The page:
Silver should do well throughout September, and most silver analysts are confident the metal will soon reach the $21 an ounce highs last seen in March 2008.
By Melissa Pistilli—Exclusive to Silver Investing News
Soon after briefly touching a nearly 30-month high of $20.04 an ounce early in the trading session Tuesday, silver dipped as low as $19.68. The white metal managed to make a bid back up to its earlier highs, scratching $19.90 before falling back down to a close of $19.82 an ounce on the COMEX.
Profit-taking and outside market factors such as a stronger dollar, lower oil prices, and weak equity markets were no doubt responsible for the selling pressure. The greenback strengthened against a declining euro and other major currencies. News out of China concerning slower factory output in the second half of 2010 didn’t help industrial silver, either.
Throughout July and most of August, silver has remained range-bound between $17.50 and $18.50 an ounce. True to tradition, the white metal began to rally the last week of August closing in on $20 an ounce.
The sometimes precious, sometimes industrial metal is playing both sides as demand for safe haven assets continues alongside renewed hopes of economic recovery, no matter how slight.
As usual, silver has followed gold’s lead while at the same time outperforming its yellow cousin. “Each time a rise in gold hits the headlines, it steals the limelight from silver,” remarked Ashraf Laidi of CMC Markets. “Silver has not only followed rallies in gold, but usually outperformed, as can be seen in a fall in the gold/silver ratio.”
Many analysts believe both demand from investors and industrial uses has helped to bolster silver prices this year, which have increased by 18 percent, compared to gold’s 14 percent, since the start of 2010. Industrial demand has especially bounced back from last year when companies slashed purchases in the midst of the economic downturn. Silver demand from the electrical industry has ballooned by nearly 25 percent in the past year alone.
Rising speculative investment
Despite indications silver’s fundamentals are strong, there are some concerns over the role of speculative investment in pushing prices up.
Last week, the COMEX experienced the highest number of speculative bets on higher silver prices since last December, according to Suki Cooper, analyst at Barclays Capital. The bank also noted that investor interest will continue to overshadow industrial demand as a supply surplus is expected for the year.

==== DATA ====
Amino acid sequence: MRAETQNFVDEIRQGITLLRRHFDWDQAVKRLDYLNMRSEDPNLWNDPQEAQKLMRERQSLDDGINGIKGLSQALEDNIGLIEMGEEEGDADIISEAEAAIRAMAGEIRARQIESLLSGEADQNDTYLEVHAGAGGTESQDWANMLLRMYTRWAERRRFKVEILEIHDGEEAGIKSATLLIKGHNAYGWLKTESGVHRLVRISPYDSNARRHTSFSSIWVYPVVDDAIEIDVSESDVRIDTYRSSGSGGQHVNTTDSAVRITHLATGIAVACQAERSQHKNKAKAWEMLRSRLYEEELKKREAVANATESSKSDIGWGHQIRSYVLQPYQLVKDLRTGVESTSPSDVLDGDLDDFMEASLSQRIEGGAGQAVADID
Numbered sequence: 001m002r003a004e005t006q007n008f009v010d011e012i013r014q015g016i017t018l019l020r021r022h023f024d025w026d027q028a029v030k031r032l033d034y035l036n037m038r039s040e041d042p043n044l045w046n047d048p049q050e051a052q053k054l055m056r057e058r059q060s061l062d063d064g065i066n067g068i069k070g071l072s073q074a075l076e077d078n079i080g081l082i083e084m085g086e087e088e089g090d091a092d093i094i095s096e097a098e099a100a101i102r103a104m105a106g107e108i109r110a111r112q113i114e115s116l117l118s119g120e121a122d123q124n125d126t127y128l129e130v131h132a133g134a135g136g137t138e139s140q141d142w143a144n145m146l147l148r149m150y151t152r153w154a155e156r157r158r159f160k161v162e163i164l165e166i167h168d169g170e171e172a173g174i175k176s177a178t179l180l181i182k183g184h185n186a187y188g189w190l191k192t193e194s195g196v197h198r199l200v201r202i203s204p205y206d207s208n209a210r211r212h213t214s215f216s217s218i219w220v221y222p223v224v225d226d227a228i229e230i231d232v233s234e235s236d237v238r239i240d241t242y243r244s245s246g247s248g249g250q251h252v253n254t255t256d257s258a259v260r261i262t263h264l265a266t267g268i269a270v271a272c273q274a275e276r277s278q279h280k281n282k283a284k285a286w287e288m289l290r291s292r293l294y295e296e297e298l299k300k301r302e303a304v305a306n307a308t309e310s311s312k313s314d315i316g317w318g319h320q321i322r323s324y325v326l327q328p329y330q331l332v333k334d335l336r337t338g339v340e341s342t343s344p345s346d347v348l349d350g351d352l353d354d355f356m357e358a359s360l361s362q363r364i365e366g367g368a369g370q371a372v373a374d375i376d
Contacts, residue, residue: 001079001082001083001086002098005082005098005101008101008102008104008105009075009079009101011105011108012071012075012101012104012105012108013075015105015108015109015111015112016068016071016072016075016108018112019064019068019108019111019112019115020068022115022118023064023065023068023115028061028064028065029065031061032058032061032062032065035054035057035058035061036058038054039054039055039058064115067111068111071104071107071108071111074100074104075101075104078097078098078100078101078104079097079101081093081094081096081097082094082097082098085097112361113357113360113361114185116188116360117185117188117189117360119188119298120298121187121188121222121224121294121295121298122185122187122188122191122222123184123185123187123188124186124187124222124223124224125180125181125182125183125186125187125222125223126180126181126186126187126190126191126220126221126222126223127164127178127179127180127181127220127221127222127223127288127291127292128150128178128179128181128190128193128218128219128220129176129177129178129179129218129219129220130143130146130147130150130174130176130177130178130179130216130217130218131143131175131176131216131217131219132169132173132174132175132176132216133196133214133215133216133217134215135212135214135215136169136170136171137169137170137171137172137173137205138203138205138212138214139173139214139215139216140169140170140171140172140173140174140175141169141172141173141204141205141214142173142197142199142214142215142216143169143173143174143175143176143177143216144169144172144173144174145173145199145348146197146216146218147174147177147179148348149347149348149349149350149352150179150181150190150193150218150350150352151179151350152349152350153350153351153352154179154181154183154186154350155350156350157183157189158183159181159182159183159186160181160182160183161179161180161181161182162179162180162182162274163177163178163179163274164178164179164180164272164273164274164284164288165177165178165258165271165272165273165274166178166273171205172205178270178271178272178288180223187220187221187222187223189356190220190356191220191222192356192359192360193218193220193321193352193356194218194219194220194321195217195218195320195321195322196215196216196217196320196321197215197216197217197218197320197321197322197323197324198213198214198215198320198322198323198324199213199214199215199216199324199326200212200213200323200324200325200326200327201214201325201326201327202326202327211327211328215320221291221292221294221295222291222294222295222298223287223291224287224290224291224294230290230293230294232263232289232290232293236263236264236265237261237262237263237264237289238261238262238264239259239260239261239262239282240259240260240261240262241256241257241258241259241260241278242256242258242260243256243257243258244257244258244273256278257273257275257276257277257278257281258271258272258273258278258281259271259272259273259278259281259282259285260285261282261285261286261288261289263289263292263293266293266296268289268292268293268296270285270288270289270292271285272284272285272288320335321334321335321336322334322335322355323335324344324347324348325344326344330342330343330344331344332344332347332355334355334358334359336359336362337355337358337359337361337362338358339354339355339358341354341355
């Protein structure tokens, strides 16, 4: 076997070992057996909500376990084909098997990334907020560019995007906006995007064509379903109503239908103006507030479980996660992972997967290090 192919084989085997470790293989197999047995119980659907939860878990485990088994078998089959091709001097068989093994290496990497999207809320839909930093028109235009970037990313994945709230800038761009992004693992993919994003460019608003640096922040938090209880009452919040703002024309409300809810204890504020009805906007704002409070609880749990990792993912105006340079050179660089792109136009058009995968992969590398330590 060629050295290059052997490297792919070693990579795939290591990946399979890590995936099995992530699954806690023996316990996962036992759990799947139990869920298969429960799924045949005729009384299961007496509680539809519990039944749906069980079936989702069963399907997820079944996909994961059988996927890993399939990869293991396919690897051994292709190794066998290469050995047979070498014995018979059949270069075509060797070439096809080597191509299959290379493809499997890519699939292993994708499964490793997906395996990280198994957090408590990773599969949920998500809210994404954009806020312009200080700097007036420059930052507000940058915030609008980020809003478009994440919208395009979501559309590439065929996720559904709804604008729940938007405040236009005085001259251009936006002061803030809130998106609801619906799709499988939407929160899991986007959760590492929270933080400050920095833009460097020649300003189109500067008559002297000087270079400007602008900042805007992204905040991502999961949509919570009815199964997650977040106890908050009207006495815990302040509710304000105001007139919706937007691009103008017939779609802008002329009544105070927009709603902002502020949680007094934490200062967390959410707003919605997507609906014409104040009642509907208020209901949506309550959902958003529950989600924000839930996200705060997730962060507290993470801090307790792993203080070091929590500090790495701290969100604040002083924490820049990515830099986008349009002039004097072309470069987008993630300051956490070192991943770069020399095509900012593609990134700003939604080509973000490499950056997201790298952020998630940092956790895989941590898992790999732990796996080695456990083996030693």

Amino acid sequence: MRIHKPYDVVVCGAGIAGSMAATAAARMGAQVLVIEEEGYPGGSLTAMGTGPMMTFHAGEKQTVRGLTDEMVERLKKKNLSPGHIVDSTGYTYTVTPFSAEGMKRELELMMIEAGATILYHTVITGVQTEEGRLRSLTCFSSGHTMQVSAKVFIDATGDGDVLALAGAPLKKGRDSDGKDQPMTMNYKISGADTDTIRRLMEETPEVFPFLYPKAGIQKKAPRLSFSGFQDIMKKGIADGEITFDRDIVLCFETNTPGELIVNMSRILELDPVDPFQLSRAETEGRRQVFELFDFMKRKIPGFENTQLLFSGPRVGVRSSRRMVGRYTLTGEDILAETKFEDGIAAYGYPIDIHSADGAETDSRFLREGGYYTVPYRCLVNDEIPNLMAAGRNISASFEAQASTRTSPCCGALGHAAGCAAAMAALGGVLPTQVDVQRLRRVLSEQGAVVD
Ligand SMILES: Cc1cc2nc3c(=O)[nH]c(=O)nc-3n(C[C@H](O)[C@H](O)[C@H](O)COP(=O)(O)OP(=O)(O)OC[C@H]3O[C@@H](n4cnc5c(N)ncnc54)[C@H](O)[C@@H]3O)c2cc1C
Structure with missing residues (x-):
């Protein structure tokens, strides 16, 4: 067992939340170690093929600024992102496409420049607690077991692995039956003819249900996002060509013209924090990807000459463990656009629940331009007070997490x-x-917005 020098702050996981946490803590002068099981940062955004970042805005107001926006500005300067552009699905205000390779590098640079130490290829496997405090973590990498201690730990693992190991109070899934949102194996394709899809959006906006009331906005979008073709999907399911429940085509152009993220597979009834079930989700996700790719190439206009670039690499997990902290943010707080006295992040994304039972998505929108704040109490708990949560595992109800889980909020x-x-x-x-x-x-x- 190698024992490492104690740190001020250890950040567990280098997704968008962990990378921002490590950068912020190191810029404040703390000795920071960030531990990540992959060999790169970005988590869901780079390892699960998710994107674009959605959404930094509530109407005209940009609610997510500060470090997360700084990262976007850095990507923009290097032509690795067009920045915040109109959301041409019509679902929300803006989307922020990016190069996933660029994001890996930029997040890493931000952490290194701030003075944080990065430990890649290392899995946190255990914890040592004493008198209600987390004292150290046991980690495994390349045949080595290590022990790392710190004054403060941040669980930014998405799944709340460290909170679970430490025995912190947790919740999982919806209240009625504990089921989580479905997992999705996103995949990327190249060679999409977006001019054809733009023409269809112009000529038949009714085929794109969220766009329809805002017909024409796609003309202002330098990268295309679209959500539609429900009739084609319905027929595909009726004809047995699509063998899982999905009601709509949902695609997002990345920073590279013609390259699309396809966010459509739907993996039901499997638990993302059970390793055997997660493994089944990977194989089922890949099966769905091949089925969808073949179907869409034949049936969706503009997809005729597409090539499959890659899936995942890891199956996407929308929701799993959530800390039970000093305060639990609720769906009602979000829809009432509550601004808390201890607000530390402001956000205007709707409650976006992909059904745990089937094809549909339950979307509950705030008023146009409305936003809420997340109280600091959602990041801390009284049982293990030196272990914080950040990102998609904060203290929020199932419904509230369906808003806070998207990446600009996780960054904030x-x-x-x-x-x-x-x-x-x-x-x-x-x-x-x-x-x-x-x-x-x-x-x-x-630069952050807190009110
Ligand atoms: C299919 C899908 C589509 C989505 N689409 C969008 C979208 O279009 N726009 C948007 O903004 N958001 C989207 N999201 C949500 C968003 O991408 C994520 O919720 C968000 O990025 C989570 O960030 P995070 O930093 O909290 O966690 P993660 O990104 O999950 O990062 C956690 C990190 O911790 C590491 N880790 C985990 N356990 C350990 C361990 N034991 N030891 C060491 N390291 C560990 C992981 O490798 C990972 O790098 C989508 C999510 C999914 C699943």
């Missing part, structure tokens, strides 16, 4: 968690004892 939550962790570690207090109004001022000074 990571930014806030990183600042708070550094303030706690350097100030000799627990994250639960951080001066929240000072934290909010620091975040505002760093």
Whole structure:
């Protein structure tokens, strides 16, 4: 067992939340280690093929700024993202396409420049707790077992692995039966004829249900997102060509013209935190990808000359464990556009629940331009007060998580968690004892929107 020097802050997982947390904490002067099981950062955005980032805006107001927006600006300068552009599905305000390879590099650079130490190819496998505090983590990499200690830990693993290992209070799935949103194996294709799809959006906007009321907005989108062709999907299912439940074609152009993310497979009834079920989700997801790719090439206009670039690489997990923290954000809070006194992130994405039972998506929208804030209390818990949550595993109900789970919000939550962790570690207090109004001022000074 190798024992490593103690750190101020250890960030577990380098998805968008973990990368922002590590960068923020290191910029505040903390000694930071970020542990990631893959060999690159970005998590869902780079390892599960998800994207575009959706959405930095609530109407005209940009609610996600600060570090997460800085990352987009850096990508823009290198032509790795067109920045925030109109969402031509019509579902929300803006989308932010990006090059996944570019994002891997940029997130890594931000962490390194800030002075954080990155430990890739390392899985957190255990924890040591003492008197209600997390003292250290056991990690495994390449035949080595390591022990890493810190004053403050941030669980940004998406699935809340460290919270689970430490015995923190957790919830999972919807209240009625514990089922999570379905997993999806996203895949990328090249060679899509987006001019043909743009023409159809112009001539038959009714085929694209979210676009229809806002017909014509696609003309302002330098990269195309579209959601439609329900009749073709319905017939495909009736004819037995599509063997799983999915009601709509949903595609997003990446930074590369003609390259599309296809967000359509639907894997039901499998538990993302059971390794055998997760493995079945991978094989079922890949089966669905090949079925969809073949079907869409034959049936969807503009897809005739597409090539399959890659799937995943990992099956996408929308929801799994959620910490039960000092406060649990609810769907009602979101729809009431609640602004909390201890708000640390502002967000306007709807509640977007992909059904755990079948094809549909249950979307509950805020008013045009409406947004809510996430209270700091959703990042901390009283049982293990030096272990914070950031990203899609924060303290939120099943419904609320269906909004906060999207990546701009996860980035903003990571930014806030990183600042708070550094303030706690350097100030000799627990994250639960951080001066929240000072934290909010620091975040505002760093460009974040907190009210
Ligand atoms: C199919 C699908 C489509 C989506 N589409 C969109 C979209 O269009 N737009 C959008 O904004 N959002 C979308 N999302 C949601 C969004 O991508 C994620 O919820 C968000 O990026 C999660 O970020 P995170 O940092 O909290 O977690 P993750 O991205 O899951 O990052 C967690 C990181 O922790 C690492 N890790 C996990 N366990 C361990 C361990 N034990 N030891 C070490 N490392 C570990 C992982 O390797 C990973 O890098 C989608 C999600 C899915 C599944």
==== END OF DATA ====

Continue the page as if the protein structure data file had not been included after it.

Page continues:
Kitco’s Debbie Carlson points out that once December silver futures closed up over $19 an ounce, as they did on August 25, “trend-following funds” were quick “to snap up silver.” Now that prices are teasing with the $20 an ounce level, speculative buying is likely to continue.
While industrial demand does seem to be recovering from 2009 levels in some parts of the world, there are worries that a double-dip recession could send industrial demand plunging again. If too much of the gains in the silver price are based on speculative betting, there is real danger of a sharp downward correction in prices.
India big player in the silver market
While India is traditionally viewed as the center of the world as far as physical gold demand is concerned, the Asian nation is quickly becoming recognized for its strong role in the silver market as well. Rising gold prices are good for silver in this region of the world as would-be purchasers of gold jewelry and bullion turn to the white metal as a cheaper alternative during the festival and wedding season.
Also, as Jeff Neilson points out in a recent three-part article on TheStreet.com, “precious metals are the primary ‘savings instrument’ of India’s ‘peasant’ population (which generally lacks any access to banking services).”
Interestingly, this connection with the rural population makes the weather and agricultural harvests significant factors in India’s silver market, according to Neilson. A good monsoon season, like that experienced this year, leads to a better harvest and more money for silver jewelry and bullion purchases. “As market experts like Dan Norcini have pointed out, we have seen some very recent signs in North American trading that the return of the Indian silver-buyer could be having a significant impact on this market, globally,” said Neilson.
As proof of the Indian market’s influence over global silver prices, Neilson holds up Norcini’s observation that silver prices moved higher on demand last week even as most other commodities prices trended lower.
Could silver’s increasing status as an investment vehicle and savings instrument in India (and China) help to offset potential demand losses from the industrial sector?
Prices going forward
Silver should do well throughout September, and most silver analysts are confident the metal will soon reach the $21 an ounce highs last seen in March 2008. Silver’s advance “has been accomplished in steps without any serious pullbacks in between. This suggests underlying strength in sentiment which isn’t being seen in gold at the moment,” said Mineweb’s Laurence Williams. “Profit taking here only seems to be stemming the rise, not reversing it.”
While investors should expect some pullback in prices come October, the months of November and December historically represent a prime buying period for both gold and silver as the Indian wedding season and the Western holiday season begins. If silver doesn’t breach the $21 level this month, there’s still a high possibility we’ll see prices in that range before the year is out.